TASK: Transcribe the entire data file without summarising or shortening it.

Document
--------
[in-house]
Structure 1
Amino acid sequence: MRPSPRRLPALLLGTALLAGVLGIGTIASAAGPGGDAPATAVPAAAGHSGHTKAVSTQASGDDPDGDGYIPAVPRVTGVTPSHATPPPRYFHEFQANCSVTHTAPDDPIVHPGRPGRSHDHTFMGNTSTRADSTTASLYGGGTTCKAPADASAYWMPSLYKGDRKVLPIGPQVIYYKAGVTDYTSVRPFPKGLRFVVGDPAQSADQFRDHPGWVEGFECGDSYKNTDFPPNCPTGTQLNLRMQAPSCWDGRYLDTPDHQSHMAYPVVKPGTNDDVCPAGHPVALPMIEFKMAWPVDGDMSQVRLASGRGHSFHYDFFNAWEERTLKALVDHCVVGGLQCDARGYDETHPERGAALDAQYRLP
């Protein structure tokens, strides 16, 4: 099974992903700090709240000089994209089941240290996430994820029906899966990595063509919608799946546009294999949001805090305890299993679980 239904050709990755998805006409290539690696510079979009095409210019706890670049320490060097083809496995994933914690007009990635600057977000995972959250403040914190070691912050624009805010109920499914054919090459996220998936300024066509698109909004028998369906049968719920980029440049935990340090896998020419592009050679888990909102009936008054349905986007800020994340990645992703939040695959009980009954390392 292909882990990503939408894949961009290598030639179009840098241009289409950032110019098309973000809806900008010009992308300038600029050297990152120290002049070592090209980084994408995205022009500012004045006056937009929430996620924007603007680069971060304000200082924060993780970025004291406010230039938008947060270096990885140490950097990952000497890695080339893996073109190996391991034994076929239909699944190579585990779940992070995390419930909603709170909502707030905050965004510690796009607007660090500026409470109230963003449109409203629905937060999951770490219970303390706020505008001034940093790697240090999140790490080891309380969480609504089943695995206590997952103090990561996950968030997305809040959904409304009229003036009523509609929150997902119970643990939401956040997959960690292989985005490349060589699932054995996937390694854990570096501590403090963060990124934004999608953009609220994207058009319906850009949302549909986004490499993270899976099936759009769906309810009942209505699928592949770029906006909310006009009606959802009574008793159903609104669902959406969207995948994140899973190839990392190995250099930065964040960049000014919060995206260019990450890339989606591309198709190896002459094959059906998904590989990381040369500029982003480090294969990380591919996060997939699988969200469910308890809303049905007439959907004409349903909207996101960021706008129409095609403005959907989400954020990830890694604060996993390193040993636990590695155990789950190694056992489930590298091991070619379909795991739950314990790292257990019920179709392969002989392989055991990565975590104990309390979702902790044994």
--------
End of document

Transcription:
[in-house]
Structure 1
Amino acid sequence: MRPSPRRLPALLLGTALLAGVLGIGTIASAAGPGGDAPATAVPAAAGHSGHTKAVSTQASGDDPDGDGYIPAVPRVTGVTPSHATPPPRYFHEFQANCSVTHTAPDDPIVHPGRPGRSHDHTFMGNTSTRADSTTASLYGGGTTCKAPADASAYWMPSLYKGDRKVLPIGPQVIYYKAGVTDYTSVRPFPKGLRFVVGDPAQSADQFRDHPGWVEGFECGDSYKNTDFPPNCPTGTQLNLRMQAPSCWDGRYLDTPDHQSHMAYPVVKPGTNDDVCPAGHPVALPMIEFKMAWPVDGDMSQVRLASGRGHSFHYDFFNAWEERTLKALVDHCVVGGLQCDARGYDETHPERGAALDAQYRLP
């Protein structure tokens, strides 16, 4: 099974992903700090709240000089994209089941240290996430994820029906899966990595063509919608799946546009294999949001805090305890299993679980 239904050709990755998805006409290539690696510079979009095409210019706890670049320490060097083809496995994933914690007009990635600057977000995972959250403040914190070691912050624009805010109920499914054919090459996220998936300024066509698109909004028998369906049968719920980029440049935990340090896998020419592009050679888990909102009936008054349905986007800020994340990645992703939040695959009980009954390392 292909882990990503939408894949961009290598030639179009840098241009289409950032110019098309973000809806900008010009992308300038600029050297990152120290002049070592090209980084994408995205022009500012004045006056937009929430996620924007603007680069971060304000200082924060993780970025004291406010230039938008947060270096990885140490950097990952000497890695080339893996073109190996391991034994076929239909699944190579585990779940992070995390419930909603709170909502707030905050965004510690796009607007660090500026409470109230963003449109409203629905937060999951770490219970303390706020505008001034940093790697240090999140790490080891309380969480609504089943695995206590997952103090990561996950968030997305809040959904409304009229003036009523509609929150997902119970643990939401956040997959960690292989985005490349060589699932054995996937390694854990570096501590403090963060990124934004999608953009609220994207058009319906850009949302549909986004490499993270899976099936759009769906309810009942209505699928592949770029906006909310006009009606959802009574008793159903609104669902959406969207995948994140899973190839990392190995250099930065964040960049000014919060995206260019990450890339989606591309198709190896002459094959059906998904590989990381040369500029982003480090294969990380591919996060997939699988969200469910308890809303049905007439959907004409349903909207996101960021706008129409095609403005959907989400954020990830890694604060996993390193040993636990590695155990789950190694056992489930590298091991070619379909795991739950314990790292257990019920179709392969002989392989055991990565975590104990309390979702902790044994």